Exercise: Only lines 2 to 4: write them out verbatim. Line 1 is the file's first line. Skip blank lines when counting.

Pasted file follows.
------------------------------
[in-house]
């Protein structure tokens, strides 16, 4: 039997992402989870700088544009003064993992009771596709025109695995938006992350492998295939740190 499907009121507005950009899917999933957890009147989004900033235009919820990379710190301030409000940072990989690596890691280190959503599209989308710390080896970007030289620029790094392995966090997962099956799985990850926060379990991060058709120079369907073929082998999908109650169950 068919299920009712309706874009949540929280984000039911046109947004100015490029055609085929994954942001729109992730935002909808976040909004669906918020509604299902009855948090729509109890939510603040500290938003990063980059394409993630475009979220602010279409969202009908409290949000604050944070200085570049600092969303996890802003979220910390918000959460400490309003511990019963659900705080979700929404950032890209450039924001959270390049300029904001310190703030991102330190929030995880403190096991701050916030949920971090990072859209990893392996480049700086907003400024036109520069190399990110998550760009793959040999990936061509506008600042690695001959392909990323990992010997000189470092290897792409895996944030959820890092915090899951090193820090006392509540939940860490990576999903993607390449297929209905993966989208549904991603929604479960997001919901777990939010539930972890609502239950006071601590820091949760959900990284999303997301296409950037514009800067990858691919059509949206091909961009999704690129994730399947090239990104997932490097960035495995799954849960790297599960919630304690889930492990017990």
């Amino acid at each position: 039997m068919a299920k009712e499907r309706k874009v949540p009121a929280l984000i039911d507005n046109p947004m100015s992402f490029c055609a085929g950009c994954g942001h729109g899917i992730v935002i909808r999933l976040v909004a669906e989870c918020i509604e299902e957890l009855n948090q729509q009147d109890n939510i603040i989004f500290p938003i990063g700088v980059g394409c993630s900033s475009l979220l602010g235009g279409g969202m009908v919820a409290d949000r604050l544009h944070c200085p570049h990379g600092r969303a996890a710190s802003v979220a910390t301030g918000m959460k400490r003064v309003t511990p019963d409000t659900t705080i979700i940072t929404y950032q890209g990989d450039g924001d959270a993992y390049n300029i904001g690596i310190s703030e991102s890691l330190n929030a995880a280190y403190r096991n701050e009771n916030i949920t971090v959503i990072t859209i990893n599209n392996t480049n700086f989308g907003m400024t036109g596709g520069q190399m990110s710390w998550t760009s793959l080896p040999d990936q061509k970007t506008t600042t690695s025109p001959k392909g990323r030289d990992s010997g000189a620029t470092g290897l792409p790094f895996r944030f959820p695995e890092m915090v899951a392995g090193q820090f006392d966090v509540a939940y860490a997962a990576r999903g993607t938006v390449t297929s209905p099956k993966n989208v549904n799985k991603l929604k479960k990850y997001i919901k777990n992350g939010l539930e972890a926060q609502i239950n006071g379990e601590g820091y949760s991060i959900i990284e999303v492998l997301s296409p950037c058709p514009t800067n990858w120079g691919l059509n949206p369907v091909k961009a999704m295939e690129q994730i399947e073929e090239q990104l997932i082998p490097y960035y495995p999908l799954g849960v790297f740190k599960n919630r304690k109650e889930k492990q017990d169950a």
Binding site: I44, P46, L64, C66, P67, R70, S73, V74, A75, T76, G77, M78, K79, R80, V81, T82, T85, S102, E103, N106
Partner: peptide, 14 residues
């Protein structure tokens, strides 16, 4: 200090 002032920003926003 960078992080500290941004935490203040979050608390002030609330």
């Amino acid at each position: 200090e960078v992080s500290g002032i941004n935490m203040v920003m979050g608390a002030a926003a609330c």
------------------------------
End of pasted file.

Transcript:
């Protein structure tokens, strides 16, 4: 039997992402989870700088544009003064993992009771596709025109695995938006992350492998295939740190 499907009121507005950009899917999933957890009147989004900033235009919820990379710190301030409000940072990989690596890691280190959503599209989308710390080896970007030289620029790094392995966090997962099956799985990850926060379990991060058709120079369907073929082998999908109650169950 068919299920009712309706874009949540929280984000039911046109947004100015490029055609085929994954942001729109992730935002909808976040909004669906918020509604299902009855948090729509109890939510603040500290938003990063980059394409993630475009979220602010279409969202009908409290949000604050944070200085570049600092969303996890802003979220910390918000959460400490309003511990019963659900705080979700929404950032890209450039924001959270390049300029904001310190703030991102330190929030995880403190096991701050916030949920971090990072859209990893392996480049700086907003400024036109520069190399990110998550760009793959040999990936061509506008600042690695001959392909990323990992010997000189470092290897792409895996944030959820890092915090899951090193820090006392509540939940860490990576999903993607390449297929209905993966989208549904991603929604479960997001919901777990939010539930972890609502239950006071601590820091949760959900990284999303997301296409950037514009800067990858691919059509949206091909961009999704690129994730399947090239990104997932490097960035495995799954849960790297599960919630304690889930492990017990």
């Amino acid at each position: 039997m068919a299920k009712e499907r309706k874009v949540p009121a929280l984000i039911d507005n046109p947004m100015s992402f490029c055609a085929g950009c994954g942001h729109g899917i992730v935002i909808r999933l976040v909004a669906e989870c918020i509604e299902e957890l009855n948090q729509q009147d109890n939510i603040i989004f500290p938003i990063g700088v980059g394409c993630s900033s475009l979220l602010g235009g279409g969202m009908v919820a409290d949000r604050l544009h944070c200085p570049h990379g600092r969303a996890a710190s802003v979220a910390t301030g918000m959460k400490r003064v309003t511990p019963d409000t659900t705080i979700i940072t929404y950032q890209g990989d450039g924001d959270a993992y390049n300029i904001g690596i310190s703030e991102s890691l330190n929030a995880a280190y403190r096991n701050e009771n916030i949920t971090v959503i990072t859209i990893n599209n392996t480049n700086f989308g907003m400024t036109g596709g520069q190399m990110s710390w998550t760009s793959l080896p040999d990936q061509k970007t506008t600042t690695s025109p001959k392909g990323r030289d990992s010997g000189a620029t470092g290897l792409p790094f895996r944030f959820p695995e890092m915090v899951a392995g090193q820090f006392d966090v509540a939940y860490a997962a990576r999903g993607t938006v390449t297929s209905p099956k993966n989208v549904n799985k991603l929604k479960k990850y997001i919901k777990n992350g939010l539930e972890a926060q609502i239950n006071g379990e601590g820091y949760s991060i959900i990284e999303v492998l997301s296409p950037c058709p514009t800067n990858w120079g691919l059509n949206p369907v091909k961009a999704m295939e690129q994730i399947e073929e090239q990104l997932i082998p490097y960035y495995p999908l799954g849960v790297f740190k599960n919630r304690k109650e889930k492990q017990d169950a």
Binding site: I44, P46, L64, C66, P67, R70, S73, V74, A75, T76, G77, M78, K79, R80, V81, T82, T85, S102, E103, N106